Discussion

This study evaluated data captured by the National High School Sports-Related Injury Surveillance System for 20 different sports. Our findings highlight the fact that although the number of high school students participating in sports is steadily increasing, as is the number of sports-related injuries, so too are fractures. Fractures are a major source of financial, physical, and emotional strain on students and their families. Targeted prevention methods need to be instituted to reduce the numbers of sports-related fractures among US high school students.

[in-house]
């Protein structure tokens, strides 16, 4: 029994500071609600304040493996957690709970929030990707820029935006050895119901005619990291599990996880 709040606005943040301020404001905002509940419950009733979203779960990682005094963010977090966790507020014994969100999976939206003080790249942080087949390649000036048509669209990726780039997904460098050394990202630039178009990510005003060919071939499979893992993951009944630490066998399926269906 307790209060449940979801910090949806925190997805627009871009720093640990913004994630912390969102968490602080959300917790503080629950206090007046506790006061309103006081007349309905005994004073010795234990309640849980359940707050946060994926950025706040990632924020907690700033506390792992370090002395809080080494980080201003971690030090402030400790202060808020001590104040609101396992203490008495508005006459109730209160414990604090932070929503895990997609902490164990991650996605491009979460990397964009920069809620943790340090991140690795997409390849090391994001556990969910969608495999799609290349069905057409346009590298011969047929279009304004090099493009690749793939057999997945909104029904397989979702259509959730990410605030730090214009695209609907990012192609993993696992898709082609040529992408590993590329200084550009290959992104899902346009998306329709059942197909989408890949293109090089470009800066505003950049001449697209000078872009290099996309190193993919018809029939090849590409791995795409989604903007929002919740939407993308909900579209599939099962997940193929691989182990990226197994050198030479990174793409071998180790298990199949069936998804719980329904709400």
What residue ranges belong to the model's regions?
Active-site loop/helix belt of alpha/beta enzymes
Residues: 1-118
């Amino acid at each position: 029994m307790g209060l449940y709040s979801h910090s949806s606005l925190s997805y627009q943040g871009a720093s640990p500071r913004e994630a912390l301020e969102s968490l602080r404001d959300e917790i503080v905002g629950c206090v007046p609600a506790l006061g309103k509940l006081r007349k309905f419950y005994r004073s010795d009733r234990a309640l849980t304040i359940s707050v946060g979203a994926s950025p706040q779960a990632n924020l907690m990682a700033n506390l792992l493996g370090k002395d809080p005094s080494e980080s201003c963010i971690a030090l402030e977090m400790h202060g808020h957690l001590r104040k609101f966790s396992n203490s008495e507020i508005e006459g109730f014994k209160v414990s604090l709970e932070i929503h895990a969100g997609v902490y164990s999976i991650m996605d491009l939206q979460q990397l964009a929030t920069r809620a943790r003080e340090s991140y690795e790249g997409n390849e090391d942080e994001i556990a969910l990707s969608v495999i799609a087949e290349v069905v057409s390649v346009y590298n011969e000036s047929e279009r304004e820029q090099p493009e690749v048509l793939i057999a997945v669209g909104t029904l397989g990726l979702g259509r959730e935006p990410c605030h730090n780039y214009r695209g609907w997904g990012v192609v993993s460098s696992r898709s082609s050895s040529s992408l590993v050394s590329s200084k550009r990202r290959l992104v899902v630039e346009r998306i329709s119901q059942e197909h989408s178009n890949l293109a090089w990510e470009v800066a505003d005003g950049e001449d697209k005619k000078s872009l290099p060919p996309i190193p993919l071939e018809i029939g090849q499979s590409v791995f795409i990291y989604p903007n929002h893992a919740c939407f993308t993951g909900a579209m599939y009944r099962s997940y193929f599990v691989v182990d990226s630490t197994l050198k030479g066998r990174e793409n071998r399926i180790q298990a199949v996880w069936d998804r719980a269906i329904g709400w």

Our findings were largely consistent with our previous report discussing US high school fractures from 2005-06 to 2008-09 in 9 sports for overall and sport-specific fracture rates by exposure type and sport.22 In the present study expanded to 20 sports, we found that fractures represent approximately 10% of all US high school sports-related injuries, which is consistent with prior reports in football,18 boys' and girls' lacrosse,8 and cheerleading,20 but is slightly higher than a study of individual sports conducted more than a decade ago.15 Our finding that fracture rates are higher in competition than practice is consistent with reports of high school injuries in general10 but differs from a previously reported girls' lacrosse study that found injuries were more common in practice.8 Finally, we found fractures are one of the most severe injuries in terms of frequent need for surgical management and extensive time lost from participation, which is consistent with previous reports.5,27 These findings illustrate the continued prevalence of fractures among US high school athletes despite studies citing their many harmful effects. Significant research has been devoted to developing prevention methods for reducing ligamentous knee injuries such as specialized training, conditioning, and education. Among high school students, injury mechanisms for fractures and ligament injuries are often the same because of the unique anatomic and physiologic features of skeletal immaturity in adolescents. Our study identified the most often fractured body sites and the most common mechanisms of fractures by sport, but additional, prospective studies of high school athletes could further identify risk factors of fractures that could lead to improved prevention methods.